Congratulations to professors Parker and Ashencaen Crabtree in the Faculty of Health & Social Sciences on the publication of their latest paper ‘Wisdom and skills in social work education. Promoting critical relational social work through ethnographic practice.’
- Parker, J.& Ashencaen Crabtree, S. (2018). Wisdom and skills in social work education. Promoting critical relational social work through ethnographic practice,
Student midwives spend approximately 50% of their three year undergraduate programme in the clinical area. Going to a new placement is often a stressful time for them as they consider ‘will they fit in’, ‘will they know enough’, ‘have they the right skills’, ‘what will they be able to learn whilst there to meet their practice assessments’ and so on. Other concerns relate to being away from home, what hours they are expected to do and how they cope with ‘difficult’ mentors. If students are unfamiliar with healthcare environments it takes time for them to adjust and become used to the environment. It was these thoughts that began fermenting in my head back in 2010 and following a positive response from students whose views on a book on placements were informally sought, I pitched the idea to a commissioning editor at Wiley Blackwell. In addition wider research had revealed that no such book existed within the published midwifery arena. Finally, in 2012 a contract was agreed between myself, and Margaret Fisher, Associate Professor in Midwifery at Plymouth University to co-edit nine chapters for submission in November 2014. The book is now due for publication on the 11th December 2015.
Professor Paul Lewis wrote the forward and chapter contributions from Bournemouth University lecturers, Dr. Sue Way, Stella Rawnson and myself, prepare prospective and current students for midwifery practice and the profession, caseloading and the elective period. Jo Coggins and Henrietta Otley, both midwives practising in North Wiltshire were co-opted to write chapters on ‘Preparing for practice’ and ‘Low-risk midwifery placements’. Other chapters were written by Margaret Fisher and Faye Doris at Plymouth University.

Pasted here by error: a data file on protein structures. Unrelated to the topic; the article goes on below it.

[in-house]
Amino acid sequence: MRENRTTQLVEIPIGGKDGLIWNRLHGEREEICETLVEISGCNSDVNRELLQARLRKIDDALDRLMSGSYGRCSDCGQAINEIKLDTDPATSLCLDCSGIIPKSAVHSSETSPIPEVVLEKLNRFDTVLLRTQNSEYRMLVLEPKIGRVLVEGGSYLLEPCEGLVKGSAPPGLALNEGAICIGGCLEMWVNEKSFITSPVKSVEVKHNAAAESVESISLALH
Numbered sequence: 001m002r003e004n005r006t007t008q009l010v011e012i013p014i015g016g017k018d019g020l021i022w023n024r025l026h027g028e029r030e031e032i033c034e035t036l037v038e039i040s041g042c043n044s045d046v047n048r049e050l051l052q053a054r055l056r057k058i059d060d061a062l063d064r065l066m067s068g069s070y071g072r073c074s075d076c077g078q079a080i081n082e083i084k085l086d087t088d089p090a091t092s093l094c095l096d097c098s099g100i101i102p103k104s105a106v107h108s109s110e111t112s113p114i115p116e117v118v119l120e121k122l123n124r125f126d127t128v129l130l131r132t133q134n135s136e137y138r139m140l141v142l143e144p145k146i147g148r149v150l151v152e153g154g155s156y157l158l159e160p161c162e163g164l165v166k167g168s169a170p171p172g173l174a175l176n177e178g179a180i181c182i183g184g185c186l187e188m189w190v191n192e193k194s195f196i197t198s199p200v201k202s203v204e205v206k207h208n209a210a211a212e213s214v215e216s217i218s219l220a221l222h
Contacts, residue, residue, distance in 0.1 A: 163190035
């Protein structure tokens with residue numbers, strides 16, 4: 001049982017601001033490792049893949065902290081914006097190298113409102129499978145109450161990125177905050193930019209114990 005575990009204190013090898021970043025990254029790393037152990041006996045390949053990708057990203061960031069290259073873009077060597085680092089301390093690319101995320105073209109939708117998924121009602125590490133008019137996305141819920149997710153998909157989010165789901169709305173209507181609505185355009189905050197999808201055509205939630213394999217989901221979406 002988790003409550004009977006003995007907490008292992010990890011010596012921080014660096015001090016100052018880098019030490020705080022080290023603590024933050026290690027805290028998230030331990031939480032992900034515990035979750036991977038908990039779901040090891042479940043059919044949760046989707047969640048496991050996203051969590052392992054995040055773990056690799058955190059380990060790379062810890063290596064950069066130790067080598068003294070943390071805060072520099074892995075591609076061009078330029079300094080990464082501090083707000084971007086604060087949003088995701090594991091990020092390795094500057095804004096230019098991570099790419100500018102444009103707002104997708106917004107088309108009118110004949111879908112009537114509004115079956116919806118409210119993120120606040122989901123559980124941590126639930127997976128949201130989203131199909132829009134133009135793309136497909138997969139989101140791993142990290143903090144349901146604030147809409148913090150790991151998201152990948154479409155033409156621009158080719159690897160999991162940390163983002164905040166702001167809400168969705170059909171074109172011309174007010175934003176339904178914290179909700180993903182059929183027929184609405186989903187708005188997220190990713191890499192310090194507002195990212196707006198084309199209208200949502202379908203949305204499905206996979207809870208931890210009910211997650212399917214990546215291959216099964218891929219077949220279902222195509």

The final published edition is small enough to fit into a uniform pocket and contains many vignettes from students currently or previously studying at Bournemouth and Plymouth University. Their stories reflect ‘real life’ clinical experience and ‘Top Tips’ provide overall advice. Three original cartoons illustrating the vagaries of placement were devised by Clare Shirley (formerly a BU student, now a newly qualified midwife) and Hugo Beaumont (4th year medical student at Plymouth University). Students and women have provided photographs. Both Margaret and I hope students far and wide will enjoy the book which aims to provide a realistic perspective on clinical placement, by offering hints and tips and encouragement along their student journey.
As an Undergraduate Events Management student here at BU, looking for a placement opportunity was one of the biggest challenges I’ve faced. Some people of course get lucky and get their dream placement after two weeks of looking and their first interview, however for the less fortunate (or potentially more picky!) of us, second year is a hard lesson in rejection from what felt like every events and marketing company in the UK – and I think at one point an engineering firm as well. I am however, so glad to have missed out on all of those jobs, as working for R&KEO as the Festival of Learning Event Coordinator I’ve ended up having the best placement experience I could have hoped for!
Coming into R&KEO Development and Operations as the youngest person by the best part of a decade (sorry guys!) could have been incredibly daunting but they are thankfully a fantastic team of very friendly and supportive people who are always happy to help. I’ve had a brilliant year working on a huge variety of events and learning something new at every one of them! In the past year I’ve come to really enjoy working with BU academics to organise public engagement events around your fantastic research and I’m a little sad to not be involved with the Festival of Learning 2014 – although incredibly excited to have some time available to actually attend some of the events!